Landscapes - People - Global change

Month: January 2024

Opening Windows book done!

The final cover design.

It is exciting to be able to report that the edited volume that I’ve been working on since late 2020 with colleagues Glad Thondhlana and Doug Jackson-Smith will be coming out in a few months, part of the SNR Book Series published by Utah State University Press/University Press of Colorado. The book is the third in a series of decadal reviews of the field of natural resource social sciences (NRSS) (after this one in 2004, and this one in 2014) undertaken with the leadership of the International Association for Society and Natural Resources (IASNR). It is called Opening Windows: Embracing New Perspectives and Practices in Natural Resource Social Sciences, and features 15 chapters from dozens of authors around the world, including a number from Dalhousie (MES alum Bryanne Lamoureux, PhD candidate Yan Chen, MREM alum Polly Nguyen and my SRES colleague Melanie Zurba). The Dal team wrote a very cool synthesis of visual and arts-based methods for NRSS that included a typology and analysis of which methods were most associated with outcomes of empowerment. It was an honour to be asked to take the lead in developing this book, and I’m very excited to see it all come to a successful and on-time completion. There will be a book launch at the IASNR conference this June in Cairns, Australia, at which all registrants will receive e-book versions. I’ll be the one with a very big drink.

Feb 8 update: It’s off to the printer today!

Feb 23 update: Pre-orders are discounted -40% until May using the code SHER24 at

Feature in DalNews

Me on the Northumberland Shore

DalNews published a nice profile of me last week, written by Andrew Riley, associated with my involvement in the big Transforming Climate Action CFREF project being led by Dalhousie, with collaboration from UQAR, Laval and Memorial. Though I’m not always comfortable with ‘big science’ of this kind, I’ve been enjoying being part of Cluster 3 of that large grant–the part focused upon Adapting Equitably–thanks to existing collaborators like Ian Stewart, Patricia Manuel, and Fanny Noisette and the many new collaborators I’m meeting along the way. We are currently in the thick of writing the official proposal before the end of March.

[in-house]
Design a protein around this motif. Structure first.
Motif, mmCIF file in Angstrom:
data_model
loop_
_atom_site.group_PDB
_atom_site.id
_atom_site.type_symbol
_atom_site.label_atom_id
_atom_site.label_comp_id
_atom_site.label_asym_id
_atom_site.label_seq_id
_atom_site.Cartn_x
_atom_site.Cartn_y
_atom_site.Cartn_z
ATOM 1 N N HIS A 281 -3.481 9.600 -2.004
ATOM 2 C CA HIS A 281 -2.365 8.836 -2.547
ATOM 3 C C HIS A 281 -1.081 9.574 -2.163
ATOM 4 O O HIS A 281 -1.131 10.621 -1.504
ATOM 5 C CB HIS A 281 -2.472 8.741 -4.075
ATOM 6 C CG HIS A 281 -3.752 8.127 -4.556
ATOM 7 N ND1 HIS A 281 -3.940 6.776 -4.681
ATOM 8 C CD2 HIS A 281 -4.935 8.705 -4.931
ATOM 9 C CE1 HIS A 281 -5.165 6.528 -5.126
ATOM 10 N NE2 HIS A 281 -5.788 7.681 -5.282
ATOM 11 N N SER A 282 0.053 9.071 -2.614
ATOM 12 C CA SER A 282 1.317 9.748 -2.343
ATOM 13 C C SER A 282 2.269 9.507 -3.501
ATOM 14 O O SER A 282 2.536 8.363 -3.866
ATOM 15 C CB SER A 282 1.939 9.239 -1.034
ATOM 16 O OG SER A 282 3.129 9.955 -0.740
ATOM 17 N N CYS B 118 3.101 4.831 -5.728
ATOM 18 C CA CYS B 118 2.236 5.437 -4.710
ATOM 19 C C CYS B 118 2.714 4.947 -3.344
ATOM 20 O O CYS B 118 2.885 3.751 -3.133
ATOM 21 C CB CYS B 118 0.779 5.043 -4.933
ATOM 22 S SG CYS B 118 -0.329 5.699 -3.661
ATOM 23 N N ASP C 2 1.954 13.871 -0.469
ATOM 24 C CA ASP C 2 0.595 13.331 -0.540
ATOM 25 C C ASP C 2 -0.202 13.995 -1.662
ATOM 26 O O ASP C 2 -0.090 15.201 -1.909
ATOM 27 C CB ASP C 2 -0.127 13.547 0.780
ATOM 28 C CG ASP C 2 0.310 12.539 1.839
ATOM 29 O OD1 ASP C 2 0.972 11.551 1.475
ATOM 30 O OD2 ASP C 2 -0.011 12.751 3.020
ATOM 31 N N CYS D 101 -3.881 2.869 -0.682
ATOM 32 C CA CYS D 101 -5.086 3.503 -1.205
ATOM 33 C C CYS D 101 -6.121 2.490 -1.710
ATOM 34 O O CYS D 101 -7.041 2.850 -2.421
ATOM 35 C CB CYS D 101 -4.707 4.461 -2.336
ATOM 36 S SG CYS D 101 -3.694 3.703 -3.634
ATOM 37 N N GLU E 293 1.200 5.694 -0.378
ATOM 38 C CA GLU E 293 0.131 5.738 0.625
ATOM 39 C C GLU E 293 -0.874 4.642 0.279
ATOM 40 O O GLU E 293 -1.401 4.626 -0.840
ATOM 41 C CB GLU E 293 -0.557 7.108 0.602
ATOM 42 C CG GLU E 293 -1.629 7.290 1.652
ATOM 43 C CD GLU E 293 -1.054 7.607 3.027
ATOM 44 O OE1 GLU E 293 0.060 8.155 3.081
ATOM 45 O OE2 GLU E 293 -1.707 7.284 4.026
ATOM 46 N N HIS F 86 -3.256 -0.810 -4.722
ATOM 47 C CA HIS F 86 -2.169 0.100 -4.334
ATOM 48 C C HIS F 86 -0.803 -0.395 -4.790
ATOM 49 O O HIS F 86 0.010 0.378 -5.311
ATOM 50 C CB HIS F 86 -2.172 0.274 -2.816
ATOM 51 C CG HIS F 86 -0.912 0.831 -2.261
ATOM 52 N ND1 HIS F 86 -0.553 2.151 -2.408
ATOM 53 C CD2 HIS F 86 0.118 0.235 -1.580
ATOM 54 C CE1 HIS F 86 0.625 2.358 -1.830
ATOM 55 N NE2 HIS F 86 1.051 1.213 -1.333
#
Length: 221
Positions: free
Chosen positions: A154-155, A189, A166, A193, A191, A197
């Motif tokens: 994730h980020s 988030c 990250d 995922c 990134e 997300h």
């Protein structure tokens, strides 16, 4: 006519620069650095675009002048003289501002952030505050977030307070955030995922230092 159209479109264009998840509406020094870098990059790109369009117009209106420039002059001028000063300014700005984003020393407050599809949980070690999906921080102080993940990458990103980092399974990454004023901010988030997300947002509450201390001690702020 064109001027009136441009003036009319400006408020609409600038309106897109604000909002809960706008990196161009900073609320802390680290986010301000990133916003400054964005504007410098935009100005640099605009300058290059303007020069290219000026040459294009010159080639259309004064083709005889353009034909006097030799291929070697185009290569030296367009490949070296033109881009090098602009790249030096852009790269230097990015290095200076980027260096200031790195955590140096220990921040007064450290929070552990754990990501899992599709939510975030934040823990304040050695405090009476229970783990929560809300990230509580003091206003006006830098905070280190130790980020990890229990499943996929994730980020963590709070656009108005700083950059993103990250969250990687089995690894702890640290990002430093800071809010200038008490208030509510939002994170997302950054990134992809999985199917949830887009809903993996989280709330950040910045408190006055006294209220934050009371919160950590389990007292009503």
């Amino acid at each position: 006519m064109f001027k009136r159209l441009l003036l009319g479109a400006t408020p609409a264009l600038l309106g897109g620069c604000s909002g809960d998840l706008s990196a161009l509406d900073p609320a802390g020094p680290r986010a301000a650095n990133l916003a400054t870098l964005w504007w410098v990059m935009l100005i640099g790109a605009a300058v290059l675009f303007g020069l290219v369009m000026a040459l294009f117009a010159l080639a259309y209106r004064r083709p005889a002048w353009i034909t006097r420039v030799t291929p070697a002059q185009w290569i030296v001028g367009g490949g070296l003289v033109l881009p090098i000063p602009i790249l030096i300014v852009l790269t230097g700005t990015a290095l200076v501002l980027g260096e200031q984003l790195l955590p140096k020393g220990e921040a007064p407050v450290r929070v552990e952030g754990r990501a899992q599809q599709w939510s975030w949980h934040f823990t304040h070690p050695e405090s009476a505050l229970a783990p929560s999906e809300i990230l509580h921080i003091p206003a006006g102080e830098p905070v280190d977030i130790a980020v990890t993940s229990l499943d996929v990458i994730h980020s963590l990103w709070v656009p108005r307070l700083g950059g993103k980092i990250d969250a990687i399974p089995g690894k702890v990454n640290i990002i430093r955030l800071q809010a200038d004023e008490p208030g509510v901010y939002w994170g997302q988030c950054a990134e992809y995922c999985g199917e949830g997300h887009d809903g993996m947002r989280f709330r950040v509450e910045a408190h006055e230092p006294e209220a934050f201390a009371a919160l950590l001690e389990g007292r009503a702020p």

New Brunswick Living Lab meeting

Brooke doing her thing at the NB-LL meeting in Jan, 2024

Today’s blog post comes from PDF Brooke McWherter based on her recent trip to NB

The annual New Brunswick Living Lab (NB-LL) meeting and workshop brought together government, industry, NGO, and producer stakeholders to discuss the year’s progress in the development and running of the NB-LL. Before the start of the event, Atlantic representatives from other living labs in Newfoundland, Nova Scotia, and PEI, came together to discuss their progress in measuring the socio-economic impacts of the program. The different representatives highlighted the strong bond among the Atlantic provinces and their commitment to collaborating and continuing to support each other as the living labs continue to evolve and grow. At the event talks included discussions on current trials measuring the impact of various BMPs on soil health, and carbon sequestration.

Our MREM intern Patrick James presented his work, funded by the SSHRC Engage Program, examining co-production and engagement of LL producers and federal scientists. Patrick’s talk highlighted how challenging co-production can be for all sides, but also the steps members are taking to be flexible including working with farmers to collect data that doesn’t deter from their harvesting schedules. I then ran a workshop defining co-production and providing some tips for enhancing engagement moving forward which then led to developing logic models (an objective-oriented planning tool) around the five BMP foci of the program. Producers, government staff, site contractors from various watershed and conservation organizations, and industry reps discussed the outcome form the program they wanted and identified activities and capacities they may need to develop to achieve those objectives.

Patrick James (centre) with the NB Living Labs team, including FaRM Program collaborator and CFGA ED Cedric MacLeod

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